Doug Culkin, president, National Apartment Association
A new survey commissioned by the National Apartment Association (NAA) further dispels the notion that the American Dream includes a single-family home with a white picket fence.
The independent survey of more than 2,000 U.S. adults, conducted by leading market research firm Harris Interactive, finds that 76 percent of consumers deem renting to be the more favorable option to owning a home in the current real estate market—a 5 percent increase from the last time the survey was conducted in 2008. Why the desire to rent? A majority of respondents, 64 percent, cited having no responsibility for major repairs or maintenance as the primary reason, followed by 50 percent who cited financial reasons such as not being impacted by an unpredictable real estate market and not being susceptible to foreclosure.
The survey also found that both renters and homeowners are not eager to make any changes in their housing status within the next year. Sixty percent of renters plan to continue renting their current residence or rent new residences within the next year; 12 percent of renters said they have plans to buy a new home this year; and only 14 percent believe that buying a house is preferable to renting given the current state of the market.
Doug Culkin, president of the Arlington, Va.-based NAA, sat down with Multifamily Executive managing editor Rachel Z. Azoff to give us an insider’s look at the survey’s key findings.
MFE: What are the main discoveries NAA gleaned from the study?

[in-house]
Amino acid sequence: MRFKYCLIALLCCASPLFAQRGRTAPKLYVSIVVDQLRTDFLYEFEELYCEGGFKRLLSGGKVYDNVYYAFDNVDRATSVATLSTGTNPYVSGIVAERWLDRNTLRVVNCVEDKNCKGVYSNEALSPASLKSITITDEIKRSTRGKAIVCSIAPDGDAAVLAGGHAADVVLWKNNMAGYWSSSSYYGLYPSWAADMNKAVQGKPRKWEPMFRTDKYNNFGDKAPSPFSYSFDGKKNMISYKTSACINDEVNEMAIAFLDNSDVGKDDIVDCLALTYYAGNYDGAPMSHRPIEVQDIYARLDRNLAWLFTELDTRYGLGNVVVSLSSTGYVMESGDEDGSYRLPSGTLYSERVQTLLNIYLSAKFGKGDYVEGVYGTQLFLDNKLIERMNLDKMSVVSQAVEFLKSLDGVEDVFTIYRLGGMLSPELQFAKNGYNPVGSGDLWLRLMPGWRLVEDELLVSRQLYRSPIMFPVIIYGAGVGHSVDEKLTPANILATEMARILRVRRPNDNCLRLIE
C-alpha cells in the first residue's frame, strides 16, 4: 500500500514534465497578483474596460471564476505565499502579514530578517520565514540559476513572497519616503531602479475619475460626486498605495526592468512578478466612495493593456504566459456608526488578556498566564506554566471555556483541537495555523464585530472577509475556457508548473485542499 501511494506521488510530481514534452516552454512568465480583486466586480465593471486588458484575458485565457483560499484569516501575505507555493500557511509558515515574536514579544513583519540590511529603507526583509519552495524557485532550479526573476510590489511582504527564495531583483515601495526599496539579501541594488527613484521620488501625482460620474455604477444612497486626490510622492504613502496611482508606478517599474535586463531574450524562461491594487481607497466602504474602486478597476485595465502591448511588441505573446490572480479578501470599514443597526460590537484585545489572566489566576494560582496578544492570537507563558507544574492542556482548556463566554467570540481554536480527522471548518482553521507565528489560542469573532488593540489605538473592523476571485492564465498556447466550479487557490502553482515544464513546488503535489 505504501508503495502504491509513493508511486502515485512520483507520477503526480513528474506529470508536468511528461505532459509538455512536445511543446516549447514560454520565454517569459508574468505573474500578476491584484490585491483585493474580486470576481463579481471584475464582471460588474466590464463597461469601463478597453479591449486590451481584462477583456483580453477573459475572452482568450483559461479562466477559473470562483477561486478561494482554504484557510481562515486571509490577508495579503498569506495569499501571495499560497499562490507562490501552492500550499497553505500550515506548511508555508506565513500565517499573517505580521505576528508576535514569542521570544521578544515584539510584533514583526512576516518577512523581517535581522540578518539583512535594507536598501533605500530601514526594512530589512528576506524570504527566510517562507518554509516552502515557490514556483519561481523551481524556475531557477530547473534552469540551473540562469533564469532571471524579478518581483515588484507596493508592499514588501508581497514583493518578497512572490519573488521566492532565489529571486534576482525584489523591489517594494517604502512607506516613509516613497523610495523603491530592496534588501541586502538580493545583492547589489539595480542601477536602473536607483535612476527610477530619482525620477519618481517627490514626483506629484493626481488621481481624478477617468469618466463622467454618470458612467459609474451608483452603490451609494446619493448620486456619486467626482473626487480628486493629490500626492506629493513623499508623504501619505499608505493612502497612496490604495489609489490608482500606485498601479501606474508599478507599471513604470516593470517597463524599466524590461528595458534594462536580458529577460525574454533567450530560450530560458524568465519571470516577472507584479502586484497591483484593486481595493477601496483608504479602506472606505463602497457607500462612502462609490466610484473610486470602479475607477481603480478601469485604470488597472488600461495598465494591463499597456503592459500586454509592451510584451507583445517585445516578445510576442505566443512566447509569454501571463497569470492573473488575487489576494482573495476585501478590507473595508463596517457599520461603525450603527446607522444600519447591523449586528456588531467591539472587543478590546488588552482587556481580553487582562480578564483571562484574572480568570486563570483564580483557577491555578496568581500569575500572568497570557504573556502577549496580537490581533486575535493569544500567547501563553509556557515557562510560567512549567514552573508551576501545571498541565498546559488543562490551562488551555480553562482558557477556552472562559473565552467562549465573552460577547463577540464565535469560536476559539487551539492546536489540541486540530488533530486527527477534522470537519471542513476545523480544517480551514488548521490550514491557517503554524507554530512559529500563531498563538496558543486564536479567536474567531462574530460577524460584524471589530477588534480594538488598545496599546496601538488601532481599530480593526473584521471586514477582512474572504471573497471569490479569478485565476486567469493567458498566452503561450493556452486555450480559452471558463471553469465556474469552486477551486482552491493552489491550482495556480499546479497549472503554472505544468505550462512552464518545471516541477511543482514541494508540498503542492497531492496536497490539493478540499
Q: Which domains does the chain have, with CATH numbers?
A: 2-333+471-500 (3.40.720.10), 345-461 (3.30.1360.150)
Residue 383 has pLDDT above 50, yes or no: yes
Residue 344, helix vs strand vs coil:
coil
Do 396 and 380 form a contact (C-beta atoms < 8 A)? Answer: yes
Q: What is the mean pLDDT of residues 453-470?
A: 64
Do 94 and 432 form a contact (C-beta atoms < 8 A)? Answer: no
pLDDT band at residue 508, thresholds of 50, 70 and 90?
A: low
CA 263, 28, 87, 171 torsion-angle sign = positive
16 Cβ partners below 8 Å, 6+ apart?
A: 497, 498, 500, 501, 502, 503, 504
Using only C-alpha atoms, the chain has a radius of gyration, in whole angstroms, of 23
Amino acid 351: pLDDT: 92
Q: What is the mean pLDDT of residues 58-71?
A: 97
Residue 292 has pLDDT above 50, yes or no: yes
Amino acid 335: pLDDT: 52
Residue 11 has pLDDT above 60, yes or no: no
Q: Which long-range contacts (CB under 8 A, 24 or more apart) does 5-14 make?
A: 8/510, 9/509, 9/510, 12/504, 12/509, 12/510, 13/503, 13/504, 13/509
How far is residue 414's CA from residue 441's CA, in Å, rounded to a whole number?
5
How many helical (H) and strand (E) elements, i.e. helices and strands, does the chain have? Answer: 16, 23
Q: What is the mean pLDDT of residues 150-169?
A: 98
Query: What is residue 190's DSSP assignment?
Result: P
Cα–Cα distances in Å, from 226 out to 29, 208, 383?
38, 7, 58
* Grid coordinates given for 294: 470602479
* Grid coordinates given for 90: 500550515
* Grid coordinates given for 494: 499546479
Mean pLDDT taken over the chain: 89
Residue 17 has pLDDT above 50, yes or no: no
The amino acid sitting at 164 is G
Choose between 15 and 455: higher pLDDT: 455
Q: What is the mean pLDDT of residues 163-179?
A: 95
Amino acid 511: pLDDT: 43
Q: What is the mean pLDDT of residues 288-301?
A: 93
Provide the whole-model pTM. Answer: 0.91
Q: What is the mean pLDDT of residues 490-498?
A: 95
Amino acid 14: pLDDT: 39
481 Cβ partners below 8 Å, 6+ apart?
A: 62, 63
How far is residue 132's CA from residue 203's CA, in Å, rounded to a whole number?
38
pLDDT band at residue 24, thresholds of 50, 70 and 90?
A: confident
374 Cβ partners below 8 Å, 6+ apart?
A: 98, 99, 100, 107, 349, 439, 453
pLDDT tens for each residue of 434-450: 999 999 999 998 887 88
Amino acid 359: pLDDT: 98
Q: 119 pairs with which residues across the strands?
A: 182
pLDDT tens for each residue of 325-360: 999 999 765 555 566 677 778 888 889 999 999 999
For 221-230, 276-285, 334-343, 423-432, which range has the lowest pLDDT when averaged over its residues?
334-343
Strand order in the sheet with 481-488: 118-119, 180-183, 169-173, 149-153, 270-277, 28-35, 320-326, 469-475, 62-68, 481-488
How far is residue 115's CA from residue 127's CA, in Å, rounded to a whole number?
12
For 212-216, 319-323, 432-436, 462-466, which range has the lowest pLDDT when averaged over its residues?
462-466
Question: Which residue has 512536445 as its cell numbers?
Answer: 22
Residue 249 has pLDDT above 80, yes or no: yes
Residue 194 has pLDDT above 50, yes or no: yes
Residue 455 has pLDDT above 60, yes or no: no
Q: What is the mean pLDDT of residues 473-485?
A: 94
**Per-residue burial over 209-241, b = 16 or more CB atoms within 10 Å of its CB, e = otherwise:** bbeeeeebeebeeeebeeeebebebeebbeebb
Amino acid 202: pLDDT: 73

CULKIN: The biggest one is that overall confidence in the housing market remains low and certainly with the economy the way it is right now, there is a lot of uncertainty out there. The message is that in this economy, most of the people, including homeowners, say renting is definitely providing consumers with more options. Certainly with what has happened in the economy—with unemployment at the highs it has been and the meltdown of the subprime mortgage market—if you do lose your job and you have to relocate to find a new position, then you have a lot more options available to you if you are renting than if you own a home.
MFE: Are the findings of the study consistent with what your members are seeing?
CULKIN: Yes. A number of economists have tried to say the crisis is over, but people are still very nervous and are very aware of what is happening in the economy. I think part of the reason why we are seeing good results in multifamily is because there hasn’t been any new development in the past two years. Our occupancy rates across the country, which are at 95 percent to 96 percent, are phenomenal in this type of an economy. But there is still uncertainly for consumers.
MFE: How do the results of the survey compare to the survey last conducted, in 2008?
CULKIN: The numbers are higher from two years ago and certainly higher than the first time we did the survey [in 2006], and I think it’s perfectly reasonable to assume that what happened in the economy is a huge contributor to the unease that consumers are feeling right now. All of our findings are up from what they were two years ago. Seventy-six percent of respondents felt that there were advantages to renting versus owning—that was an increase of 5 percentage points from 2008. The uncertainty of the economy and the uncertainty of the labor market are putting people at odds. Most people are not planning on going anywhere for the next year. They have determined that they will stick it out and not take a chance until they see things stabilize.
MFE: Do you have any predictions as to what the pulse of the consumer will be in 2012, the next time the survey is conducted?
CULKIN:A lot of prognosticators for the industry are saying that in 2011 we should start to see the rebound with very strong improvement across the board in 2012 and 2013. I hope that is true. I would expect that if the people who make predictions for the industry are correct, in the 2012 survey, you will see the percentages will have dropped.